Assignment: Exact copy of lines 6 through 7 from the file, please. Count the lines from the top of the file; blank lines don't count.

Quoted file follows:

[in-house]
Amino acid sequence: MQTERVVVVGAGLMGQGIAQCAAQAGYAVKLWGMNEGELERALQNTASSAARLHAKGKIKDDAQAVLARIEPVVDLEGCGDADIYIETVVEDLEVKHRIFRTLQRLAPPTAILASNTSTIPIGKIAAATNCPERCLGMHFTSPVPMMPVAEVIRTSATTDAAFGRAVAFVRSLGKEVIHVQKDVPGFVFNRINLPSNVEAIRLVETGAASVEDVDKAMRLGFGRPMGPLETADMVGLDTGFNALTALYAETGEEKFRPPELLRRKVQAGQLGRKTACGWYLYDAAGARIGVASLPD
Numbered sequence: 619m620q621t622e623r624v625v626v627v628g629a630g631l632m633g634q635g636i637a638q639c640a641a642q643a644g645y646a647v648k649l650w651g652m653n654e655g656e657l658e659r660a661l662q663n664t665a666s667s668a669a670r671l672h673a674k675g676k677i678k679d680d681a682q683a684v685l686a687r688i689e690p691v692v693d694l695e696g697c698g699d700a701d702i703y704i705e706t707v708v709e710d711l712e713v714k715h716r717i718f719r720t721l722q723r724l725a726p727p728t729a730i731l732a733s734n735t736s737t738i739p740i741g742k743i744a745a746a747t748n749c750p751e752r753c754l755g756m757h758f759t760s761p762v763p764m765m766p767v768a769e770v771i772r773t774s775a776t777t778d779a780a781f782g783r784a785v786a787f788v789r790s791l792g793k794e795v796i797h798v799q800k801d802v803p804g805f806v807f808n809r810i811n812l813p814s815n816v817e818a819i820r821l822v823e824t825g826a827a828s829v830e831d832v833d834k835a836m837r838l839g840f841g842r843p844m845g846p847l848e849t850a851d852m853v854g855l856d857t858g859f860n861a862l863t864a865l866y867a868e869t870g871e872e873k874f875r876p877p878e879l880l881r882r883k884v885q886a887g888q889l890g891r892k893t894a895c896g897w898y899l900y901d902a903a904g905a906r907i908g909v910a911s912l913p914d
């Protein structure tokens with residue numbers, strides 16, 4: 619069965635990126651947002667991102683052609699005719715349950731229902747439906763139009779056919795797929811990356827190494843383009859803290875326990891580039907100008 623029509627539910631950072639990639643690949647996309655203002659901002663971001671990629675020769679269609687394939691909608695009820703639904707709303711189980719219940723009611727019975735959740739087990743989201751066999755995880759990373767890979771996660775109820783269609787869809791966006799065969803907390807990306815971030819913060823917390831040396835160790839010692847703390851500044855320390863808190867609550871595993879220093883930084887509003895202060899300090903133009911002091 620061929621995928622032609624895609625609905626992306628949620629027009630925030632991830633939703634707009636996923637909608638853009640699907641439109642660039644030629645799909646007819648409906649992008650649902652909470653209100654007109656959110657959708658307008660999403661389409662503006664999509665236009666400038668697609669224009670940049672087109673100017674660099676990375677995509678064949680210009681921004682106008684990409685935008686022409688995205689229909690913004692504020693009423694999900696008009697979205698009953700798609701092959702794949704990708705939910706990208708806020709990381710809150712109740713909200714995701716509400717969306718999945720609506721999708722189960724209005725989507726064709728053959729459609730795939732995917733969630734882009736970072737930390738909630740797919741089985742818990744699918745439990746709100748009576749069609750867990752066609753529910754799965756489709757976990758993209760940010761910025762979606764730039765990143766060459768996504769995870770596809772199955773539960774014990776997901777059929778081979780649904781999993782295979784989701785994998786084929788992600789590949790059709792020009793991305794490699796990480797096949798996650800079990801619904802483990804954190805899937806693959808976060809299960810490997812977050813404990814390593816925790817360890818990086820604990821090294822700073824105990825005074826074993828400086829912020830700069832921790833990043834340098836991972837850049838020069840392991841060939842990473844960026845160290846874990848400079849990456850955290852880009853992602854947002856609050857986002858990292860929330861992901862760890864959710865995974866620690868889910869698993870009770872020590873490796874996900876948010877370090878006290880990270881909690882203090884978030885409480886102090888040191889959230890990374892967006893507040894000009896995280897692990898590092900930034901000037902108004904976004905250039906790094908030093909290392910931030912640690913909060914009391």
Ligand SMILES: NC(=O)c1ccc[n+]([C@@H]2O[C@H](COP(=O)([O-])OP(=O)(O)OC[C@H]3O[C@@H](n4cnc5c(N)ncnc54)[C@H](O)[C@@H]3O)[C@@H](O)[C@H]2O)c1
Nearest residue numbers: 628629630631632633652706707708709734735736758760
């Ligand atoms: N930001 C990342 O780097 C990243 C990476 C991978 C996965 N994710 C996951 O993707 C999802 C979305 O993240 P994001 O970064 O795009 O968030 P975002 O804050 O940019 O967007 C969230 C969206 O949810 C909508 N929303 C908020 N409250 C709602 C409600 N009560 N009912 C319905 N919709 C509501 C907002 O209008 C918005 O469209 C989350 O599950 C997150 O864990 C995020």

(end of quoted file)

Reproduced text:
Nearest residue numbers: 628629630631632633652706707708709734735736758760
């Ligand atoms: N930001 C990342 O780097 C990243 C990476 C991978 C996965 N994710 C996951 O993707 C999802 C979305 O993240 P994001 O970064 O795009 O968030 P975002 O804050 O940019 O967007 C969230 C969206 O949810 C909508 N929303 C908020 N409250 C709602 C409600 N009560 N009912 C319905 N919709 C509501 C907002 O209008 C918005 O469209 C989350 O599950 C997150 O864990 C995020």